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Atonement

Credit: Focus Features

When we look at a character such as Briony Tallis and understand her as a real person, it reminds us of a feeling of how some people use certain things to make them feel in control and if otherwise not. Some may depend on dreams, art, and in this case writing, to avoid feeling powerless. And that’s what Briony as the narrator in this movie does. We see the story unfolding through her eyes. Yet, many may not be able to empathize with her actions. As a child, when Briony encounters a romantic incident between Cecilia and Robbie for the first time from her window, she is shocked and confused.

Above all, misreads the whole situation of him mistreating her sister. She finds it disturbing because it’s confusing her, more so as a child interpreting the new emotions surfacing the young lovers. After yet another incident with her cousin Lola, her testament leads to the separation of the young lovers. We long for them to be reunited but does it happen or not, is a question for us to watch and find out.

Yes, it’s a story of guilt and how Briony tries to redeem herself throughout her life. Yet, I wonder why couldn’t some sympathize with her? It’s not that there is a complete void of atonement in the atonement. For an ambitious artist like Briony Tallis, who decides against joining Cambridge, becoming a nurse is a symbol of redemption of the highest level. We see her character grow; change in a way that remarkably sheds her old self. We see how guilt can drown us until we become nothing.

To be sure, it is a definitely a movie to watch but not to be influenced of how one should be but how one shouldn’t be or act. The constant movement of the glimpses of the past and the present can shake us at first but when they sync in they leave an impact behind. The little details like Cecilia’s pin, the picture in Robbie’s hand, the hymn ‘Dear Lord and Father of Mankind’ sung by the soldiers make every frame of the movie so significant.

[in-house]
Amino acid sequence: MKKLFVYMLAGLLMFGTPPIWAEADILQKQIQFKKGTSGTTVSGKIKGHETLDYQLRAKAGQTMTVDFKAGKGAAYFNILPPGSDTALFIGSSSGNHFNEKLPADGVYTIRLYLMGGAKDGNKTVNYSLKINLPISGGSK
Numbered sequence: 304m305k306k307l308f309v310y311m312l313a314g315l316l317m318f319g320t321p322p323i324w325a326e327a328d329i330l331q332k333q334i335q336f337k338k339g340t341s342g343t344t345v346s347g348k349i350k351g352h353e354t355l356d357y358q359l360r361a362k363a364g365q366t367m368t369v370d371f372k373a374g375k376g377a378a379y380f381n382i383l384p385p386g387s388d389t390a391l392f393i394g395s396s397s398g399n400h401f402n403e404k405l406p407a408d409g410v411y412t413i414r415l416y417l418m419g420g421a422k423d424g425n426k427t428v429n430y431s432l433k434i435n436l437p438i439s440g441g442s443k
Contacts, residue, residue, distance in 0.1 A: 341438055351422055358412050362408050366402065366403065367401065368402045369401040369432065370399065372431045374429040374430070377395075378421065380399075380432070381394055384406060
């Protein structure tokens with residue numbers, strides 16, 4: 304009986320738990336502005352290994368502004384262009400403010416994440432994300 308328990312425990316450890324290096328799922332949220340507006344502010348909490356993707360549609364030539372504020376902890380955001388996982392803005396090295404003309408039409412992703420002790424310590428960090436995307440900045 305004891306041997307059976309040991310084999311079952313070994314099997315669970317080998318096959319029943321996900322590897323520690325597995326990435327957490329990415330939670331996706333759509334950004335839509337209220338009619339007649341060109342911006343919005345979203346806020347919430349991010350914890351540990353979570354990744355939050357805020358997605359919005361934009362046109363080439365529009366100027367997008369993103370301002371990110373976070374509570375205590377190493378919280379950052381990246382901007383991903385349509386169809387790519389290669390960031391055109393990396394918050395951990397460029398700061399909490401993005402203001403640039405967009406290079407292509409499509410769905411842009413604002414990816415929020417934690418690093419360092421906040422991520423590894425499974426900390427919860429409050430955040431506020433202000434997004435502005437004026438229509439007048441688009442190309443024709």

Credit: Focus Features

The film revolves around the central characters facing themes such as Guilt, Atonement, Shame and forgiveness. We see the movie through the eyes of young Briony Tallis and it’s more about how and why she says what she says on that fateful night that changes Robbie and Cecilia’s life forever including her very own. And the typewriter sound that plays along the score is so powerful. It’s delicate yet so powerful that leaves its trail behind showing us that the movie, the events are very much part of many narrations, at some point Robbie’s and at others through Briony herself.

What I loved the most was the cinematography adapted in every scene which is a true work of art. Whether it’s the glimpses of the army, and the times of war at Dunkirk, or through the forest, each is an art in itself. Interestingly, in many movies so far we have seen the perception of the world war through the eyes of Americans and Europeans; however, here we see the war and the experiences through the eyes of the British and their first-hand experiences.

It is safe to say that ‘Atonement’ is one of a kind and the themes shown in the movie are so dramatic yet real that many real people can relate to. The themes – guilt, shame, forgiveness and atonement along with the powerful score and the top-notch cinematography become deeply ingrained in our eyes and resonate with our views.

Especially the very popular scene ‘By the sea’ showing the evacuation of army directed by Joe Wright with the background score ‘Elegy for Dunkirk’ by Dario Marianelli is not only a five minutes long shot without a single cut but is also just so breathtaking in terms of cinematography at the same time so overwhelming seeing the soldiers crying here and there, singing choirs, fighting, and playing merrily and madly like it’s the last day of their lives. Saying anything more, about this scene I’m afraid only would giveaway from some of its greatness. Is it a masterpiece or a great work? Ascribing a name to it would still limit it. The scene, the score, the pain of the soldiers, the times of the war touches us so deeply,  and makes us appreciate how blessed one is to be alive and imagine the pain that many soldiers had gone through. This scene still remains to this day, the most powerful and real recreation of the times.

It’s surprising how guilt can consume oneself completely, no matter at what age. Briony is consumed by her guilt her whole life and never gets out. It just makes us realize how powerful forgiveness can be. Perhaps, things would’ve been different had she found that. It’s true what they say forgiveness is above all if not, atonement can never be enough for life. For anyone not knowing how these themes can change our life from top to nothing, this movie can be a life lesson. If you ask me why forgiving is a greater virtue than all, it is because it can heal an incurable toxic disease, Guilt. Hence, Briony who was a narrator and kind of ‘God’ in the world is herself shrunk by the end.

Monisha Ravoori

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